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I've heard a lot of people say that the Web Crypto API is not very safe. For example: https://tonyarcieri.com/whats-wrong-with-webcrypto, Problems with in Browser Crypto. However, I'm looking to use the Web Crypto API for a completely different purpose.

I want to create a static website (html, css and javascript files) on server run by myself which will allow me to open the website url, choose a file, and then encrypt the file with a password using PBKDF2 and AES-GCM.

Are there any security issues I would run into?

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    If the server is compromised by an attacker, then the attacker may be able to inject malicious scripting into your page. But, being that this all can be done using a static page, why host the page on a server at all? Instead, you can store the page locally, and simply point your browser to the local page. FYI, see github.com/meixler/web-browser-based-file-encryption-decryption for a similar project.
    – mti2935
    Commented Aug 23, 2022 at 17:15
  • @mti2935 This may be how I end up doing it. Do you know if there will be any security issues with the Web Crypto API in this case? Commented Aug 23, 2022 at 17:37
  • welcome- depending on your choice of browser and what you want to do with the data you may hit snags from the file:// scheme - one easy solution is to serve the static page locally and then access it via 127.0.0.1, eg. using python -m http.server - one prob with this approach is you may then not be able to launch HTTPS webrequests to other servers, so for a longer-term solution you will likely need a locally configured https server, eg gist.github.com/DannyHinshaw/a3ac5991d66a2fe6d97a569c6cdac534
    – brynk
    Commented Aug 27, 2022 at 3:52

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This use of the WebCrypto API sounds secure, assuming:

  • Your server is secure and the files cannot be tampered with. This is the assumption you've provided, so I'll assume myself that you've sufficiently hardened your server.

  • Your TLS configuration is secure. If your server or client are vulnerable to any of the numerous attacks against TLS (such as downgrade attacks due to support of old versions), an attacker could perform a MITM attack and serve your browser with malicious JS.

  • Your network and its upstream are secure (or you pin your TLS certificate). Even if you use TLS, an attacker could provide you with a false DNS answer, sending you over to a malicious site run by them, even if you typed in the correct URL. Even if an attacker is not on your network, do you fully trust that your ISP is not vulnerable to DNS cache poisoning? If you pin the cert, then this issue is largely moot as your browser will refuse to load a malicious page.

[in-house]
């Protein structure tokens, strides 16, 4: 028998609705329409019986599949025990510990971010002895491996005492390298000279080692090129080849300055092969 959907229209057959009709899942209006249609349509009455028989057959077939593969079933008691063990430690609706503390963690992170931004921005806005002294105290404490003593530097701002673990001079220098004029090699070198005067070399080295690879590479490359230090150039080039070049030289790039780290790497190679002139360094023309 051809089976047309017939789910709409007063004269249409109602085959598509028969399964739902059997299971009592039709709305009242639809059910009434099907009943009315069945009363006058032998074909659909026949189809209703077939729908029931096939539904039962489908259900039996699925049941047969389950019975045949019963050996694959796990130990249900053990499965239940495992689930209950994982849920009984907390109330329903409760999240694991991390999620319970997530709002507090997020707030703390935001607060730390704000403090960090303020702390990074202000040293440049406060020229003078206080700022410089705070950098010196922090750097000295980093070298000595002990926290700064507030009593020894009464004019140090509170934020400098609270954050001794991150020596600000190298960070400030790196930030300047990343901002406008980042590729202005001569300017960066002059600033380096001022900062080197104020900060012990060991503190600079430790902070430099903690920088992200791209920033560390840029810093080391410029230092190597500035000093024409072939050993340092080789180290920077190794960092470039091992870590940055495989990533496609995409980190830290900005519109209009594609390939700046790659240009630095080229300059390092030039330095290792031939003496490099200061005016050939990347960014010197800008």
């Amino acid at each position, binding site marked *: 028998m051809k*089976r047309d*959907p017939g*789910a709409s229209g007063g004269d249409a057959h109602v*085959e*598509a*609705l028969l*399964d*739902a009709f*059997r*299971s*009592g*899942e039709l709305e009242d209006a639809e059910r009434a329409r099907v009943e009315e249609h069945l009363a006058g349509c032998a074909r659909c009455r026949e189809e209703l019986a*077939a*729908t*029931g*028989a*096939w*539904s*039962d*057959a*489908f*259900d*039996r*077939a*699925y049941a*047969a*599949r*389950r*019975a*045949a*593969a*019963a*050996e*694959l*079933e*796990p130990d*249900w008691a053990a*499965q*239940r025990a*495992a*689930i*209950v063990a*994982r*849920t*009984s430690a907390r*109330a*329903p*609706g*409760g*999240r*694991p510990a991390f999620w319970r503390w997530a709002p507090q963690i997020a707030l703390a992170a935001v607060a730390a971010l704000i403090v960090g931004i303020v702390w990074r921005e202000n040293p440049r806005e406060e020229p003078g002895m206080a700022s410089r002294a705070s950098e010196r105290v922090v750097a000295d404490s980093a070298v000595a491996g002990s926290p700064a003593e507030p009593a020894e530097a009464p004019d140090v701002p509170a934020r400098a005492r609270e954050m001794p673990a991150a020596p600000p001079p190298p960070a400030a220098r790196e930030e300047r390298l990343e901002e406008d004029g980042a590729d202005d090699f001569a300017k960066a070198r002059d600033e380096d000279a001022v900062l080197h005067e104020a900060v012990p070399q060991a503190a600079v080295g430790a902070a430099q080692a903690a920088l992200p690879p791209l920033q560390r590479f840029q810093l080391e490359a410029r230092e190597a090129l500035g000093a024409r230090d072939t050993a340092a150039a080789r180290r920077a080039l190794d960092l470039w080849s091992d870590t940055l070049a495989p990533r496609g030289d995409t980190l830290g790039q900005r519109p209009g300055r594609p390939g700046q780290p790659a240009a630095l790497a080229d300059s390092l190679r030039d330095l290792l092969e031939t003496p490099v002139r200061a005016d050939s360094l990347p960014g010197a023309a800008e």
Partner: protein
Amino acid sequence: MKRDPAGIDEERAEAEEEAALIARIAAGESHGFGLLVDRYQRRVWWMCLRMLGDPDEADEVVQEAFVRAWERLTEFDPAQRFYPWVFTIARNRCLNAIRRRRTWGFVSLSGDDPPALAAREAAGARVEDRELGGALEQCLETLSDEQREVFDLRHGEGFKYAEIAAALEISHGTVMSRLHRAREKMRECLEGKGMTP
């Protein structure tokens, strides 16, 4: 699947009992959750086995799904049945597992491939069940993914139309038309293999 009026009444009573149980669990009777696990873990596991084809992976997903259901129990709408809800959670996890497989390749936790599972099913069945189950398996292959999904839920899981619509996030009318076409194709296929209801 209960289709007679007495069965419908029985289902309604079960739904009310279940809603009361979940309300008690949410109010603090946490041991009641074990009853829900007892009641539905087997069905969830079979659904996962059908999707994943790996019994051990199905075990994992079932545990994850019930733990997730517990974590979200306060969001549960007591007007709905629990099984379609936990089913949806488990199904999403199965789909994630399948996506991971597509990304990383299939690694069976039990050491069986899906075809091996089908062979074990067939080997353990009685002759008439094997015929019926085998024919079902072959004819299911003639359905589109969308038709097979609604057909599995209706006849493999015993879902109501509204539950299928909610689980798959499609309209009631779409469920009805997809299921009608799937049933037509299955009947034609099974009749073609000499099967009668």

• Client-side side-channel attacks (including within the browser) are not an issue. It's not uncommon for serious side-channel attacks against browser-based cryptography to exist. In fact, this can sometimes even be exploited by one tab to steal secrets in another tab!

  • Your browser is secure and has not been compromised. While the server may be secure, your browser is another endpoint that is vulnerable to compromise. This can come in the form of anything from malicious extensions that you've installed to a completely-compromised OS.

  • You use the WebCrypto API correctly. You say you'll use AES-GCM and PBKDF2, but you still have to understand how to do this securely. If you re-use a nonce, GCM mode breaks down completely. A good cryptography library will handle that for you, but you should still be aware.

It is true though that browser-based cryptography has improved significantly over the years. It no longer needs to rely on entropy sources of questionable quality or hacked-together crypto libraries.

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  • Thanks! What is a good web cryptography library? Commented Aug 27, 2022 at 3:44
  • @asdf3.14159 Maybe something like opencrypto? You can also use WebCrypto directly if you know what you're doing. It's not so low-level that you'll need to create HMAC out of a hash and build PBKDF2 on that (it has deriveKey() to do it all for you), but it's still easy to shoot yourself in the foot.
    – forest
    Commented Aug 27, 2022 at 3:49

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